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Donal Lardner Ward
Donal Lardner Ward,
Theater instructor Jerry starts an affair with Mary, and that starts a chain of events that affect their respective partners Terri and Barry and other characters in the film, creating a web of relationships. Written by
All of the main characters visit the gallery at some point and look at the same painting, although we never get to see it. The conversations they have with Cheri are identical too. See more »
I just think for right now, we need to treat each other like... meat. Right? Didn't we read that? You need to see me as a - a big - a penis. And you need to be just this huge vagina... to me.
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Entertaining if bleak with a slightly depressing moral
Jerry lives with Terri but Terri is irritated by everything he does especially the way he talks during sex and needs to analyse everything. They are friends with Barry and Mary who have sexual problems as Mary is rarely roused for sex. Jerry makes a move to meet up with Mary to have sex behind Barry's back. Meanwhile Cheri works at an art gallery and picks up people there and Jerry and Barry's friend Cary lives his sex life devoid of any care or consideration for anyone else.
I have previously seen In the Company Of Men so I was prepared for the sort of view point the director seems to take regarding the nature of men and women but even then, this is still a pretty depressing look at relationships. Our characters are barely even given names, certainly no last names, and they are rarely used when you listen. More than that the names are pretty typical the sort of names you might make up if you were put on the spot, like John Smith. The point being that these characters are not supposed to be fictional but more `everyman' characters. However is this what everyone is like? does everyone have major relationship issues and try to have affairs with their best friends etc? Do people really have stories of male rape as their best sexual experience? I doubt it this is a real condensing of the whole human experience into a handful of characters.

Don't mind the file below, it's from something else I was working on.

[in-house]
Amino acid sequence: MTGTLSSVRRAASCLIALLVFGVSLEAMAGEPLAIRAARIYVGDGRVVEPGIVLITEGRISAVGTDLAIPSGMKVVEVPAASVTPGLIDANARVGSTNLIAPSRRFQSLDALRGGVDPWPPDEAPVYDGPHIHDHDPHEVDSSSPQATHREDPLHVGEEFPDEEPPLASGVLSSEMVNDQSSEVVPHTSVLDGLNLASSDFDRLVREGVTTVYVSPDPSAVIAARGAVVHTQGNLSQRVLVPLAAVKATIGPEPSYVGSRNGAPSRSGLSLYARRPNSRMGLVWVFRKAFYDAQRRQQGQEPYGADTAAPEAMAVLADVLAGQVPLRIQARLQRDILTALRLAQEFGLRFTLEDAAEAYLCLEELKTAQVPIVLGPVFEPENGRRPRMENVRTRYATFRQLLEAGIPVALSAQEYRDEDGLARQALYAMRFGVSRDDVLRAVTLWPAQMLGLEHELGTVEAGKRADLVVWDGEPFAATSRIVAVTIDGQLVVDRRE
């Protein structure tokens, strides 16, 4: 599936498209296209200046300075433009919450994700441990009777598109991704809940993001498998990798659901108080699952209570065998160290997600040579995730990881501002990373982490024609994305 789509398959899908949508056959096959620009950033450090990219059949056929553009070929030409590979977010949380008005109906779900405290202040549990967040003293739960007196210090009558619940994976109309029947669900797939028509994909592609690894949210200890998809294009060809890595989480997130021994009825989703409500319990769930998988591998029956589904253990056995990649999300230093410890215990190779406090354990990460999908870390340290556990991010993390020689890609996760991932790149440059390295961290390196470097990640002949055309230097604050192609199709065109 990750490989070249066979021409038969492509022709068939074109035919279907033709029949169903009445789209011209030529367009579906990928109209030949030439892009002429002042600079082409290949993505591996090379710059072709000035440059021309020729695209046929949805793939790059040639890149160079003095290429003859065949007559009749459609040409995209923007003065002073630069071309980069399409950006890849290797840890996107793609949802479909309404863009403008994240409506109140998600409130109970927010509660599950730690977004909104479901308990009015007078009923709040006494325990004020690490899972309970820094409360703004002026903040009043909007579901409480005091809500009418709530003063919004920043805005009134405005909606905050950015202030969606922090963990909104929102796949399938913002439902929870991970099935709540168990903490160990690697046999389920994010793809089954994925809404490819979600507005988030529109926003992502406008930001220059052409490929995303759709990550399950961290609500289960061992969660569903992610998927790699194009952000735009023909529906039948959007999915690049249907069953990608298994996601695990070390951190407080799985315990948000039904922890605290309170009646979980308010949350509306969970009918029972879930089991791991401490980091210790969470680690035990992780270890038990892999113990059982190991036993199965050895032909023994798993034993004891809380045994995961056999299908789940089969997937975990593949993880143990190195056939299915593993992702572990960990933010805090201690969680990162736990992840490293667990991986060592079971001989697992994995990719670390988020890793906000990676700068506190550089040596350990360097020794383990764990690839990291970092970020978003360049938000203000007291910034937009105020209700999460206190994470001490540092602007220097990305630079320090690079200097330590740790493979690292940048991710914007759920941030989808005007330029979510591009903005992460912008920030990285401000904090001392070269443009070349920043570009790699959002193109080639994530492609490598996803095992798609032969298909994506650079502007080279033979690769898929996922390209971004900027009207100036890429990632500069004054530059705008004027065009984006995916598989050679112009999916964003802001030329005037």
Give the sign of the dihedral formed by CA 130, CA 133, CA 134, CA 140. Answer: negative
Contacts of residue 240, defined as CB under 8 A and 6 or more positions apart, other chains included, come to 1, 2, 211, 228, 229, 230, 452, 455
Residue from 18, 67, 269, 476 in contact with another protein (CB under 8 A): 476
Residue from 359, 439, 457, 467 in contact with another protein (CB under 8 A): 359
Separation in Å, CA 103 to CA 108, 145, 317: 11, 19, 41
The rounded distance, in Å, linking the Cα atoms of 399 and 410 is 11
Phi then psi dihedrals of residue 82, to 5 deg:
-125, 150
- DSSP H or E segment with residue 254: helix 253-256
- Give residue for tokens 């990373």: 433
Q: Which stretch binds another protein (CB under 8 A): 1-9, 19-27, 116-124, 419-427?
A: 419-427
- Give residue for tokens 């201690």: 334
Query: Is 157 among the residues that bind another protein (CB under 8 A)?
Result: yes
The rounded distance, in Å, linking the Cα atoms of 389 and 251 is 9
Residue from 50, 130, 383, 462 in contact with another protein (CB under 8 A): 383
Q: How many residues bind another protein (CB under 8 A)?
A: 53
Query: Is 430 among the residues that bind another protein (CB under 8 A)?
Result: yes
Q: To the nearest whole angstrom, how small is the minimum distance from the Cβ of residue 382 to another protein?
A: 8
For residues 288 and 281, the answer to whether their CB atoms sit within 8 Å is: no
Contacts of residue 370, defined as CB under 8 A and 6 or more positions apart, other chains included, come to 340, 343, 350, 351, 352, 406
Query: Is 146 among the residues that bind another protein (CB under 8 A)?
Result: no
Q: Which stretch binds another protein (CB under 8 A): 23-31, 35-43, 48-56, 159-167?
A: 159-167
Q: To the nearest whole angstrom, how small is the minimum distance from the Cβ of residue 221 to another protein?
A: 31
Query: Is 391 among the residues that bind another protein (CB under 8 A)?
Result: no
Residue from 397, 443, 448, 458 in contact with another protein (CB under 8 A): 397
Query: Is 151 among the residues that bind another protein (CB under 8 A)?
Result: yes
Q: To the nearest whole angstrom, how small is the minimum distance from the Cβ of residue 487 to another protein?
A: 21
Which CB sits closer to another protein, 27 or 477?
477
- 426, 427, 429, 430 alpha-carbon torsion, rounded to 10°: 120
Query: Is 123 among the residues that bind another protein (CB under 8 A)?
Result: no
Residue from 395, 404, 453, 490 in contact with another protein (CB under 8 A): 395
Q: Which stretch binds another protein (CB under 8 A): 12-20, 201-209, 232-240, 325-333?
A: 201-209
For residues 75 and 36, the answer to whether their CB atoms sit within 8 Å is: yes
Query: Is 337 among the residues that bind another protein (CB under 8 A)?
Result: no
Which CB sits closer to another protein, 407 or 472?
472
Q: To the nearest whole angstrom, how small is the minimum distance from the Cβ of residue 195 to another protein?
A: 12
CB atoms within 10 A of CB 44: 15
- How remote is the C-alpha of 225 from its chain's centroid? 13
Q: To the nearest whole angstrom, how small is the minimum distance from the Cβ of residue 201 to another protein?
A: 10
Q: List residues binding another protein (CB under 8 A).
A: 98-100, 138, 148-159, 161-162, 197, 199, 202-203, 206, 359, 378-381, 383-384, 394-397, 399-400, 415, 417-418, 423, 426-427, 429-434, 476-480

It works quite well because it is very frank and this kept my interest. Not shocking but I did want to keep watching because the dialogue was good. Sadly I could have cared less about the actual lives before me. As a plot I didn't get involved partly because it was so fake feeling it was obvious from day 1 that LaBute was not going to give us the luxury of even one mildly messed up relationship, no it was obvious that everything that could fail would. The dialogue does save the film as it is well written and darkly funny, however it just wasn't enough of a story instead it was rather smugly self aware.
The cast do well with the dialogue and the film is staged more like a play than a roaming film, with mostly static interior shots used. Stiller is good but doesn't excel himself. Eckhart shows how good an actor he is by playing a character so the opposite of his character in LaBute's previous film and playing it well. Patric steals the show but his character is the least developed. He is the funny one and is like Eckhart's character in `In the Company Of Men' in that he is selfish and cruel to women. However his character seems to be LaBute's ideal in this piece as he is the only one who seems to get what he wants is this the moral of the film? The female characters are weaker as you'd expect. Brenneman cuts a pathetic character and simply mops around a lot. Kinski is given little to do although Keener has a stronger part to play.
Overall I enjoyed this because it was full of good dialogue that keeps you listening because of how very frank it is. However that doesn't mean that the story or film is involving and it does feel a little distant and not based in any life I've ever lived. A bit too cruel, harsh and dark but it just about gets by on those credentials but the music of Metallica played on violin is worth watching the credits for!
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